Lactis webpage

Lactis ‘Cultured Lactobacillus Extract’ - a biogenic approach for digestive health, 100 years in the making.

In 1905, Dr Kakutaro of Japan encountered “The Prolongation of Life” written by Elie Metchnikoff, a 1908 Nobel Prize winner. In the book, it mentioned that people in Bulgaria were long lived and linked their health with a regular consumption of milk-fermented yoghurt (Lactobacillus bulgaricus). Metchnikoff proposed Lactobacillus Therapy, a world first which was based on the idea that “Diseases and senility were caused by self-poisoning of intestinal bacteria toxin, and the most effective way to improve inner health was using Lactobacillus.” Dr Kakutaro was strongly impressed by “The Prolongation of Life” and started trying Lactobacillus therapy by eating yoghurt. “I want to save people with Lactobacillus, and a first step of it is manufacturing and sale of yoghurt". He finally opened a Lactobacillus research laboratory and yoghurt factory in Kyoto 1914 and became the first yoghurt manufacturer in Japan.

The passing years saw great advancement of fermentation technology. Dr Kakutaro’s son, B&S Corporation founder and biologist Kazuyoshi Masagaki followed in his father’s footsteps. In 1925, Kazuyoshi pioneered the development of 4 Lactobacillus species that were co-cultured in milk and the origin of modern Lactic Acid Bacteria (LAB) beverages in Japan had begun. That lead to the discovery of 8 other strains that were beneficial to the host and by 1945, 16 species were successfully co-cultured. During this time, a significant turning point occurred; changing the cultured medium from milk (containing animal proteins) to soymilk (plant derivation) and the research shifting from live bacteria to non-living lactobacillus extracts.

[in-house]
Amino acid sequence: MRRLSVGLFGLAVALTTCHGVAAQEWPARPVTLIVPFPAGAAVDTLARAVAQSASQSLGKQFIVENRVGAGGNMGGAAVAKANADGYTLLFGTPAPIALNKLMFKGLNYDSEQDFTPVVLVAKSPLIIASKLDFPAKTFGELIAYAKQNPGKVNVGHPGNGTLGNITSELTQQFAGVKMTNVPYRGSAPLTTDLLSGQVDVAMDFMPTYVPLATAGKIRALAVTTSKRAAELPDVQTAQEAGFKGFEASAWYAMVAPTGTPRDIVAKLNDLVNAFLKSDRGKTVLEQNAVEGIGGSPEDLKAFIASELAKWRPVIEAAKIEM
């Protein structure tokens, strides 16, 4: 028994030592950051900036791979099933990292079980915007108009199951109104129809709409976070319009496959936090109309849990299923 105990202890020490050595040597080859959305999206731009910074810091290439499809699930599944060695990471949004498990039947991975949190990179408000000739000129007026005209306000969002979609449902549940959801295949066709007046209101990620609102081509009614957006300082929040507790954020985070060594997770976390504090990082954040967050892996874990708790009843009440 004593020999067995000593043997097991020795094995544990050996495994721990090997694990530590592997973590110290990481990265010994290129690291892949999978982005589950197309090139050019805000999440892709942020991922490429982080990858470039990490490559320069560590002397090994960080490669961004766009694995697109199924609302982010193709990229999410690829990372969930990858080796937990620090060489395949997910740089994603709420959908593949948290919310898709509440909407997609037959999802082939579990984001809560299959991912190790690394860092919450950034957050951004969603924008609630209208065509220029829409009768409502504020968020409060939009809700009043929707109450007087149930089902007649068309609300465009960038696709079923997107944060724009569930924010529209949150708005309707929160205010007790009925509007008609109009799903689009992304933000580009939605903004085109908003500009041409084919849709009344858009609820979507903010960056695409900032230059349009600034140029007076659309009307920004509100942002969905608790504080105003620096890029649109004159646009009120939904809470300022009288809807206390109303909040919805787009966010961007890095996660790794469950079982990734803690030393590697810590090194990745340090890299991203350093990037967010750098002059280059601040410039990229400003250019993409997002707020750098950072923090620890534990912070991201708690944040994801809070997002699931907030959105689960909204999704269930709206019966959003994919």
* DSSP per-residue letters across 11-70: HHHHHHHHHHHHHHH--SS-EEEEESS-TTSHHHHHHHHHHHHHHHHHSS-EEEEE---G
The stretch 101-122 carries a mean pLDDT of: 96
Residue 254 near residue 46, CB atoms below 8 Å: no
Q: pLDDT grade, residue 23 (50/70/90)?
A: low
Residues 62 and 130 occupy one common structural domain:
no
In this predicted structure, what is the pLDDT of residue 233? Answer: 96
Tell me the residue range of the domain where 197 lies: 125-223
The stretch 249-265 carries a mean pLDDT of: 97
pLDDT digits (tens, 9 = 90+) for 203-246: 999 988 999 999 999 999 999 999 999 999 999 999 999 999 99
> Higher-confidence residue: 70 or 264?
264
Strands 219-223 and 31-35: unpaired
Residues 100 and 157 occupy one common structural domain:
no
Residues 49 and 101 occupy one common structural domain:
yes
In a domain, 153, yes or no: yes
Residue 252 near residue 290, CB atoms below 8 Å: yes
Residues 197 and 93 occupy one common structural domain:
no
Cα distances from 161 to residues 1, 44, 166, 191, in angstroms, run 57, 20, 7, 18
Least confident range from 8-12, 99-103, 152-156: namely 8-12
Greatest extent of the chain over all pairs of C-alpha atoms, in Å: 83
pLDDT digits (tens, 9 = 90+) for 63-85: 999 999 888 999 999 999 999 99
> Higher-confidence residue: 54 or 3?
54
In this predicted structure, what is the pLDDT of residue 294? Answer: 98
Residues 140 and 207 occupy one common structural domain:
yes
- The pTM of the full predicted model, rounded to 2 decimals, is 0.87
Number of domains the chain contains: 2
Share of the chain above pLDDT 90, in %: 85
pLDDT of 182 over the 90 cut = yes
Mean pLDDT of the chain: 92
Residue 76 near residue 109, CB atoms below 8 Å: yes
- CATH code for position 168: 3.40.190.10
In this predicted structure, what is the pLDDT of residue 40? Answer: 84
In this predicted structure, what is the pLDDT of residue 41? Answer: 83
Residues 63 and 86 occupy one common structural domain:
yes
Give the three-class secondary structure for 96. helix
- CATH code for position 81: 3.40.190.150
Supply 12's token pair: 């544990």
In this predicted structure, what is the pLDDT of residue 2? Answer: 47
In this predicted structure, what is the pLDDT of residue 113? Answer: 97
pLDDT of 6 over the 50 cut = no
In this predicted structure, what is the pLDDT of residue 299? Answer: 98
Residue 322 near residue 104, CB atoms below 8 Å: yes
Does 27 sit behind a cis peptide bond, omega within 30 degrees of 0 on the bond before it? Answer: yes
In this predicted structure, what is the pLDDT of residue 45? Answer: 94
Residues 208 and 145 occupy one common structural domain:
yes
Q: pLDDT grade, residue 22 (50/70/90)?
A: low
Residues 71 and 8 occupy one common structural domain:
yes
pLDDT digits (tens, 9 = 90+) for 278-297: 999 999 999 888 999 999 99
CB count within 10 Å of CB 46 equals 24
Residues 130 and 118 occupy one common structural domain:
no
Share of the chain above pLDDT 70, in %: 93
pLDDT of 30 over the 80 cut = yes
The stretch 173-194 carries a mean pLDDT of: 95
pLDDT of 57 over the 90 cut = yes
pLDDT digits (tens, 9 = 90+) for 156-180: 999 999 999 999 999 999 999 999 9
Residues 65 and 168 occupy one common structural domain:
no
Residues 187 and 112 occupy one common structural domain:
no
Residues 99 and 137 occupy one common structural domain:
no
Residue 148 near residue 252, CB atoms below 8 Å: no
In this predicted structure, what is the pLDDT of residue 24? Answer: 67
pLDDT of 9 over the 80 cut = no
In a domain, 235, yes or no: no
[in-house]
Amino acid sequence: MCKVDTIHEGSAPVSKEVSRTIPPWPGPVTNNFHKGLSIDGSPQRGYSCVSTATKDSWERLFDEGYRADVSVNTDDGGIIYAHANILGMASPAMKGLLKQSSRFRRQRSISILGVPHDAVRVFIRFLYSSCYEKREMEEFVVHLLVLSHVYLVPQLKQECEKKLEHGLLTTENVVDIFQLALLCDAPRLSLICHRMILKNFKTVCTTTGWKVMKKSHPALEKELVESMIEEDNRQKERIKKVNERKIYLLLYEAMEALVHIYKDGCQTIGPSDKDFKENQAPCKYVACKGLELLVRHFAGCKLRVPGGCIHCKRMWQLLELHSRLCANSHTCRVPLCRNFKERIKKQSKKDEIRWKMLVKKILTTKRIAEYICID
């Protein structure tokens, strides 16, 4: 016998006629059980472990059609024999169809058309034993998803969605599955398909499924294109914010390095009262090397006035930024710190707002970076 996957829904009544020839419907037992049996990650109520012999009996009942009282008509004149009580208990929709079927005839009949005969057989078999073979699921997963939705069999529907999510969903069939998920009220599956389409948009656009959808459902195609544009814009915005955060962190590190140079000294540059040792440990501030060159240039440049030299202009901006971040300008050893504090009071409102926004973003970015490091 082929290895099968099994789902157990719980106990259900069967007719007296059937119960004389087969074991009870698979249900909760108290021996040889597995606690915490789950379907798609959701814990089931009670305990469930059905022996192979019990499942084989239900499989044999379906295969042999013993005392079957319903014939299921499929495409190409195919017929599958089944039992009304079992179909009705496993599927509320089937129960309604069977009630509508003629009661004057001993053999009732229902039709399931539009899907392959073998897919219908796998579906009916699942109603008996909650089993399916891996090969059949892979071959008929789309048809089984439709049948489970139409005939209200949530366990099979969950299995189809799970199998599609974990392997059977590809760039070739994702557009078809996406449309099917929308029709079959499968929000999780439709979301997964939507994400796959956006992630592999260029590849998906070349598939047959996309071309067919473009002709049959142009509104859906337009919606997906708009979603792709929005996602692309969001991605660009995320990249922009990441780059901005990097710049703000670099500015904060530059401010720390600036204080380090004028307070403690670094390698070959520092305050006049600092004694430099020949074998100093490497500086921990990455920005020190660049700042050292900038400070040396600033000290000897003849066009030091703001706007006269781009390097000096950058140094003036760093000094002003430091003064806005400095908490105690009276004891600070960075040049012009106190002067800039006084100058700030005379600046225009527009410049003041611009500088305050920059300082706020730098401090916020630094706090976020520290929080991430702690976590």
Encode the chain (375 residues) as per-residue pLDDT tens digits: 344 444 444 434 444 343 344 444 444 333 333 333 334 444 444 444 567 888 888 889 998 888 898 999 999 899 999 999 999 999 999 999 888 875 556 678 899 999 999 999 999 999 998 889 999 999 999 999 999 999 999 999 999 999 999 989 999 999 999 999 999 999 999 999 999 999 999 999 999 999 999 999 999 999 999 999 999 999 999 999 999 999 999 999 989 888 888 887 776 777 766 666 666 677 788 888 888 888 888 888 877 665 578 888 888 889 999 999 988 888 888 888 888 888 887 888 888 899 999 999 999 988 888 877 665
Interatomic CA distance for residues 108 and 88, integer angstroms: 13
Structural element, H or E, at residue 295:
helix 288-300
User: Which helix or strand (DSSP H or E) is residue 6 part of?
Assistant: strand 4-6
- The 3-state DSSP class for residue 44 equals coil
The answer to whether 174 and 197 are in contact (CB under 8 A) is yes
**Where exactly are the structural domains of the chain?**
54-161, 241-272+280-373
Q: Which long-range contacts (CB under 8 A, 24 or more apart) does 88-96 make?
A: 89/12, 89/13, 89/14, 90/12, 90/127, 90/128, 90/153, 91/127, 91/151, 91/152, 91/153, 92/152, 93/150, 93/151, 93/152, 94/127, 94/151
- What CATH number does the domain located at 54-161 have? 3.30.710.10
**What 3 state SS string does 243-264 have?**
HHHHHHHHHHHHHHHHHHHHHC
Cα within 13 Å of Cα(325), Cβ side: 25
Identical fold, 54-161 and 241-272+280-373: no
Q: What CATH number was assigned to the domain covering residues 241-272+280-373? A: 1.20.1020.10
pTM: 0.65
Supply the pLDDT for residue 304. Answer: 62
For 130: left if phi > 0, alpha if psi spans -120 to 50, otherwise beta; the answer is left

From living bacteria (probiotics) to Cultured Lactobacillus Extract

Dissatisfied with the effects of live bacteria fermented solutions in achieving digestive health, Kazuyoshi continued his research and shifted his focus on Lactobacillus metabolite/secretion technology (fermented by-products). After years of dedication, the breakthrough occurred in 1982 in the success of developing a Lactic Acid Bacteria Extract formula. 16 strains of Lactobacillus are fermented in soymilk, aged for one year and strengthened, then only the specific bioactive ingredients are extracted by a proprietary method that include bacteria body substances, flavonoids, amino acid derivatives and metabolites/secretions (lactic acid, secretory peptides).

The Lactobacillus extract that Kazuyoshi Masagaki led the world in developing 30 years ago is now garnering a lot of attention in many fields. It is just recently that researchers are paying more attention to Lactobacillus metabolites & Lactobacillus cellular extracts in health related fields. A new era in biogenics has just began.